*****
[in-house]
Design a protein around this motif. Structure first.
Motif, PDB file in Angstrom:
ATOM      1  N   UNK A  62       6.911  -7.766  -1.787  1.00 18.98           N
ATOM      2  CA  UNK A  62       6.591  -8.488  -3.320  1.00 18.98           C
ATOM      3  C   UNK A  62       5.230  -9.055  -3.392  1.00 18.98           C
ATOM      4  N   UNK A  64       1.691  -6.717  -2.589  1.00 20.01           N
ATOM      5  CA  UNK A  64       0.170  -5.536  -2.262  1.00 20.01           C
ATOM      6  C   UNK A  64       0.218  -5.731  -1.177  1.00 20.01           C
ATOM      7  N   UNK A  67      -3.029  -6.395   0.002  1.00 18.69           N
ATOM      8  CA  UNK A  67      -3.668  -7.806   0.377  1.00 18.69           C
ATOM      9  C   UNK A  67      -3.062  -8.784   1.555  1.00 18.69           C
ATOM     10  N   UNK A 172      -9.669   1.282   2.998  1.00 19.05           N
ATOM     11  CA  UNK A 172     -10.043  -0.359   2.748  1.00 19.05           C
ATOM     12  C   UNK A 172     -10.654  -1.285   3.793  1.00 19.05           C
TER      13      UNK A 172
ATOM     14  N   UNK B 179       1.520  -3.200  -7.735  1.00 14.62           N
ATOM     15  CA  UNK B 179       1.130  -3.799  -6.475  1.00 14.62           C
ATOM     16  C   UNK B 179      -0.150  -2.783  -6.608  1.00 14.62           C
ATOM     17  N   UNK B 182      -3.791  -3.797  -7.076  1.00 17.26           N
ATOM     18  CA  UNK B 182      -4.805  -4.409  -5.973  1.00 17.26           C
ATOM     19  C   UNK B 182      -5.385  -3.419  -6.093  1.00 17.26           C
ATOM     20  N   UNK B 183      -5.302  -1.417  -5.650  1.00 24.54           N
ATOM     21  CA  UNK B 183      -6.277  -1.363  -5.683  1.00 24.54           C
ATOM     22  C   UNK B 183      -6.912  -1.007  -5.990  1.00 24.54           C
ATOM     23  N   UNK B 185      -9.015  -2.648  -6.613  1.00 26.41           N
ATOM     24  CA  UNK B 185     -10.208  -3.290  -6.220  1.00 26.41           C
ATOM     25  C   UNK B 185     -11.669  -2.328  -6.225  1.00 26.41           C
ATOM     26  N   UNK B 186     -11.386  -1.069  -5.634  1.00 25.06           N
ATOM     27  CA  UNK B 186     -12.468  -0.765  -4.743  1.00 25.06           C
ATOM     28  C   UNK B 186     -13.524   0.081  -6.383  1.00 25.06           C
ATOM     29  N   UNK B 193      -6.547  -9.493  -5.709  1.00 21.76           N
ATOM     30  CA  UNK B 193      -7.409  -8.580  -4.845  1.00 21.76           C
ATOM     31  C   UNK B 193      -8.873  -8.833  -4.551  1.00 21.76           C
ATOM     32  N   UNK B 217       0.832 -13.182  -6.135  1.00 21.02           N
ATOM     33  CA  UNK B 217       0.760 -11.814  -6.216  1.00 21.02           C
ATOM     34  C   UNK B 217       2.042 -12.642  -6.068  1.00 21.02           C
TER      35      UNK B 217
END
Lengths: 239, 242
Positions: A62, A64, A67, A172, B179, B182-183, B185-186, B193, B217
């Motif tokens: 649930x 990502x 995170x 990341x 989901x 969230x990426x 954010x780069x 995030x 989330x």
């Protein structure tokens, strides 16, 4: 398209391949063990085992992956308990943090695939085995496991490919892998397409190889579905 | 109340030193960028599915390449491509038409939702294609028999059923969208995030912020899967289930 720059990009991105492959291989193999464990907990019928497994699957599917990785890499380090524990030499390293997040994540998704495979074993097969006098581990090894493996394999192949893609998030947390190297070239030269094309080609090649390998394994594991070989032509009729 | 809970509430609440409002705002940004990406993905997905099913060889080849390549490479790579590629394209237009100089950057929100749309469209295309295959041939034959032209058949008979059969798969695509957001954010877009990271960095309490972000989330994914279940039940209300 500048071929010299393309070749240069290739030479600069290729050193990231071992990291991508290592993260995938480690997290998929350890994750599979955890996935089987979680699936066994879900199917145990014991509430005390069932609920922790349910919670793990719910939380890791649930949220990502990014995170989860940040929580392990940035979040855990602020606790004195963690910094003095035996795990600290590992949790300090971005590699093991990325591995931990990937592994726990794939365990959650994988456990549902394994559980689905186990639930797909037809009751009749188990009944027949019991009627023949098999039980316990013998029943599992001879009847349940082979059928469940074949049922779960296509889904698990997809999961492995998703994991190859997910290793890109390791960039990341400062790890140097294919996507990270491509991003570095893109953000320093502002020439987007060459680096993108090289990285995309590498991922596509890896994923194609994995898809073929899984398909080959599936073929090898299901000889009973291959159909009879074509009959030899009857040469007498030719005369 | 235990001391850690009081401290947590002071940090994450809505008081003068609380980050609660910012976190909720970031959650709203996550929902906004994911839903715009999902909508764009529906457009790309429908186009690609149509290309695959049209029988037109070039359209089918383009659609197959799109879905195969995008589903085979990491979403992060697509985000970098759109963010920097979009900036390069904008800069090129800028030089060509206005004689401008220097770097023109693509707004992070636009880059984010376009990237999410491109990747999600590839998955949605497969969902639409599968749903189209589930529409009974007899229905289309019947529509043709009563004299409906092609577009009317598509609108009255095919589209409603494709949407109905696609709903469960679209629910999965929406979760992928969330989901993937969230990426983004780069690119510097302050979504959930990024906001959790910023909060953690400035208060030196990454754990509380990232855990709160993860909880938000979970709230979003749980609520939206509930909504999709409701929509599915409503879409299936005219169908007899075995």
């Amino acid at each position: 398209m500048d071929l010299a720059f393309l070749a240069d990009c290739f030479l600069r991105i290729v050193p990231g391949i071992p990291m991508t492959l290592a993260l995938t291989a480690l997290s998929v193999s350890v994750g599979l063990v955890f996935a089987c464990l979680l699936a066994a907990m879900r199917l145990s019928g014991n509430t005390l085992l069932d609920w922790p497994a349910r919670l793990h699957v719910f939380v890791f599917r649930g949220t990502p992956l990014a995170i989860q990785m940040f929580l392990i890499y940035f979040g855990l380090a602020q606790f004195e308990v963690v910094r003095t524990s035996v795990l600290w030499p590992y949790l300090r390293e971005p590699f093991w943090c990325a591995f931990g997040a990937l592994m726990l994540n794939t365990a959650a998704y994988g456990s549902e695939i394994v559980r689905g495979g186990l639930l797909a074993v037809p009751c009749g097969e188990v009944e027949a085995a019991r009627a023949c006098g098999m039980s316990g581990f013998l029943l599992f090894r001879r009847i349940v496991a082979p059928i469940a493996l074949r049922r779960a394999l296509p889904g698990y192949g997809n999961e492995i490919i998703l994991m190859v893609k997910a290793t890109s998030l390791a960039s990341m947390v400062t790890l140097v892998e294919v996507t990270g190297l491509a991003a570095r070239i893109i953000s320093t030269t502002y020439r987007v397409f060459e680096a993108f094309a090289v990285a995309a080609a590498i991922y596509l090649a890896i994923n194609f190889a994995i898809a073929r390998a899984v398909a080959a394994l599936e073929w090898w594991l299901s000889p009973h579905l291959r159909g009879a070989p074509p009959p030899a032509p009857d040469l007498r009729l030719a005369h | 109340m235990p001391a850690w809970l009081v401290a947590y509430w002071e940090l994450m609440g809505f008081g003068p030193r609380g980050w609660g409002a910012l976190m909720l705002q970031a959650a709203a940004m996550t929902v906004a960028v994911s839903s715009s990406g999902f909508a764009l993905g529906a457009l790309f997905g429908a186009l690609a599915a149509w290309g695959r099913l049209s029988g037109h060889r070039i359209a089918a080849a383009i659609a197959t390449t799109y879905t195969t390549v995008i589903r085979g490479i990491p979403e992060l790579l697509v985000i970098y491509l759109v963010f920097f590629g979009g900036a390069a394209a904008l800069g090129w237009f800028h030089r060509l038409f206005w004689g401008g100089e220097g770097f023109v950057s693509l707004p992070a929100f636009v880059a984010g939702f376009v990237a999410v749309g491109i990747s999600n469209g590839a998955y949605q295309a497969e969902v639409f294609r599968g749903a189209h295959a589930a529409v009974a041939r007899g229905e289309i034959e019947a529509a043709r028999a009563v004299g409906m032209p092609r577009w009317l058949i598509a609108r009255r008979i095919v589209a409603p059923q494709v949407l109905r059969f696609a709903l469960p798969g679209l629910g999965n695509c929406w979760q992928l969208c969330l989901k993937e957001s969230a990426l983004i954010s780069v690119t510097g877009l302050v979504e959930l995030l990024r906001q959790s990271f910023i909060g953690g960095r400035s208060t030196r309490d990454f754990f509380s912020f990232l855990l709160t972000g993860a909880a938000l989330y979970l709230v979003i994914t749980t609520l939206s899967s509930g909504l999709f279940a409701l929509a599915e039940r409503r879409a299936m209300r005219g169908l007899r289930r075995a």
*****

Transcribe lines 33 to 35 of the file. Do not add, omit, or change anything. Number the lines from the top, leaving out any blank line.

ATOM     30  CA  UNK B 193      -7.409  -8.580  -4.845  1.00 21.76           C
ATOM     31  C   UNK B 193      -8.873  -8.833  -4.551  1.00 21.76           C
ATOM     32  N   UNK B 217       0.832 -13.182  -6.135  1.00 21.02           N